[09:20:02] It was while he was there on a USO tour to visit American troops, and she took a photo with him. Now, this is how Stephanie described that interaction. She said, "When he put his arm around me, he groped my right breast. He kept his hands all the way over on my breast, and I remember thinking is he going to move his hand? Was it an accident? Was he going to move his hand?"

Now the touching Stephanie tells CNN lasted at least in five seconds, and sometime before the photo was taken, she managed to shift her body so that his hand was no longer on her breast.

Now as you can see in the photo, you could see that Senator Franken's hand is on her right side. Now she tells me that she was ashamed and feeling embarrassed and she was in shock and that at the time, she did not say anything to the senator. And I will also note that part of the reason her story is compelling is because weeks before she had met Franken and had this interaction, she was also the victim of a sexual assault by a fellow soldier abroad with her.

Now we did reach out to Senator Franken's office last night, and this is what a spokesperson told CNN, "Senator Franken made clear this week, he takes thousands of photos and has met tens of thousands of people and he has never intentionally engaged in this kind of conduct. He remains fully committed to cooperating with the ethics investigation."

And as you noted, John, the bigger context here, of course, is that Stephanie is the fifth woman now to come out with allegations of inappropriate touching and also the second woman to say that this kind of behavior while Franken was on tour with the USO.

The first woman, of course, was Leeann Tweeden (ph), the California local news anchor, and Stephanie tells me that she is part of the reason that she decided to speak out herself -- John.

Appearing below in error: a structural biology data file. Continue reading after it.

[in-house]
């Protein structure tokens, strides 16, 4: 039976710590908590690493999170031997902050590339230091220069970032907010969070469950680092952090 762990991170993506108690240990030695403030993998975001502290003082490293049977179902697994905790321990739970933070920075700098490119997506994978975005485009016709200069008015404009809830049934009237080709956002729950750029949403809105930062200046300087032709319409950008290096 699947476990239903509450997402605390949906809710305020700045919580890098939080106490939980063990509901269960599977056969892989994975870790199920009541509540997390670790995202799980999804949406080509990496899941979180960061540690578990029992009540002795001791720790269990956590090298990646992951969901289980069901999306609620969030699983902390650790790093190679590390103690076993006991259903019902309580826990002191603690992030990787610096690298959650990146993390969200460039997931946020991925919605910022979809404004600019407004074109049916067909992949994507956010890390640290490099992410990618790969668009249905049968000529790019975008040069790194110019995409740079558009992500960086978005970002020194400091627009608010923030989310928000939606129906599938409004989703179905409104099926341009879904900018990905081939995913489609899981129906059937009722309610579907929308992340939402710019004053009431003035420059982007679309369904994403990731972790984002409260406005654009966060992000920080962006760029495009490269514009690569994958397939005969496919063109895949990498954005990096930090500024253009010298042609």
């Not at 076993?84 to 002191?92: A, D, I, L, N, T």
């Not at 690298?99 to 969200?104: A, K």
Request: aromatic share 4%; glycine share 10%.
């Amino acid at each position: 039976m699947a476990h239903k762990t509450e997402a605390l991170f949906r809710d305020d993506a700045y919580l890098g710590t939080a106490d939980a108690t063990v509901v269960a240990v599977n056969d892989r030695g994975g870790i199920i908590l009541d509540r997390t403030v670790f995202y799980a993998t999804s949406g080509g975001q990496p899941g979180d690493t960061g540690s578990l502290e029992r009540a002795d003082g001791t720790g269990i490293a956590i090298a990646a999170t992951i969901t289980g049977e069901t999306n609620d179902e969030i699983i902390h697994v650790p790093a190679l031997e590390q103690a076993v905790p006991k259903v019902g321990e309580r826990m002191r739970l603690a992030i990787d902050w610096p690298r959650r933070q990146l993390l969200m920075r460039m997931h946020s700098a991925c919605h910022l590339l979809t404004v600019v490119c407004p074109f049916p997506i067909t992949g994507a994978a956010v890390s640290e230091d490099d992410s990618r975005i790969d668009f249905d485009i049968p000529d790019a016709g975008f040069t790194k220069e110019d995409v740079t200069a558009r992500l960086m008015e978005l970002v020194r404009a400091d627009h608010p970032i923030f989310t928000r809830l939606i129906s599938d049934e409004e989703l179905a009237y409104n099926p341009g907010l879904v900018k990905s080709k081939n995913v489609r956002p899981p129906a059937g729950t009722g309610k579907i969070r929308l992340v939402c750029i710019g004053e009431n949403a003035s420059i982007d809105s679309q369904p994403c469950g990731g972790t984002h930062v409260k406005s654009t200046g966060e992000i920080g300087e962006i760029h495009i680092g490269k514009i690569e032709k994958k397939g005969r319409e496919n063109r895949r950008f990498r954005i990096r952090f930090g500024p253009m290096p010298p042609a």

BERMAN: All right. M.J. Lee for us on Capitol Hill. M.J., thanks so much.

Joining me now is Republican Congressman Chris Stewart of Utah, a member who just proposed yesterday new legislation dealing with sexual harassment claims in the House, which we will talk about in just a moment. Congressman, first, if I can, can I get your reaction to the latest news on Senator Franken?

REPRESENTATIVE CHRIS STEWART (R-UT), APPROPRIATIONS COMMITTEE: You know what, it's just wrong. I don't care who you are, senator, congressman, whatever, being in a position of power doesn't excuse this type of behavior, and it's very clear that it has become very pervasive in certain parts of our society.

The media, entertainment, and currently legislative world, and I think the reason is because we have intimidated and shamed these women into silence. I can tell you if someone touched one of my daughters like this, I would reign hell down on them.

I would not poopoo it away and I think we need to be honest about it and condemn this behavior regardless of who it is that -- and what kind of position that they are sitting in. It's just wrong.

BERMAN: Should Senator Franken step down?

STEWART: Well, I think anyone who has credible accusations against them and has admitted to those accusations, I don't think they should be serving in a position of responsibility such as the House of Representatives or the U.S. Senate.

BERMAN: Congressman, you did propose legislation today that deals with accusations inside the House of Representatives, and essentially what it would do is it would prohibit nondisclosure agreements as a condition for legal settlements. Explain.

STEWART: Yes, it's just silly. I mean, right now, if someone has a complaint such as this, the very first thing they have to do is sign a nondisclosure agreement. I think that's nuts. Why would we force them into silence?

Now, if the victim wants this to be private and don't want their name released, we should honor that, protect their integrity and privacy in that case. But on the other hand, if they want this to be public and hold someone accountable like many of them do, why do we force them into signing a nondisclosure.

It just doesn't make sense to me. So, let's allow them the choice. If they want this to be public and to have the court of public opinion, I think they should have this option and that's what this legislation does.

By the way, one other thing, I don't think it's good for the perpetrator to be able to hide behind that cloak of secrecy. I don't think it's good for them to have that option.

And if the accusations against them are unfounded, this gives them a way to publicly defend themselves. I really think it's better for both parties in this case.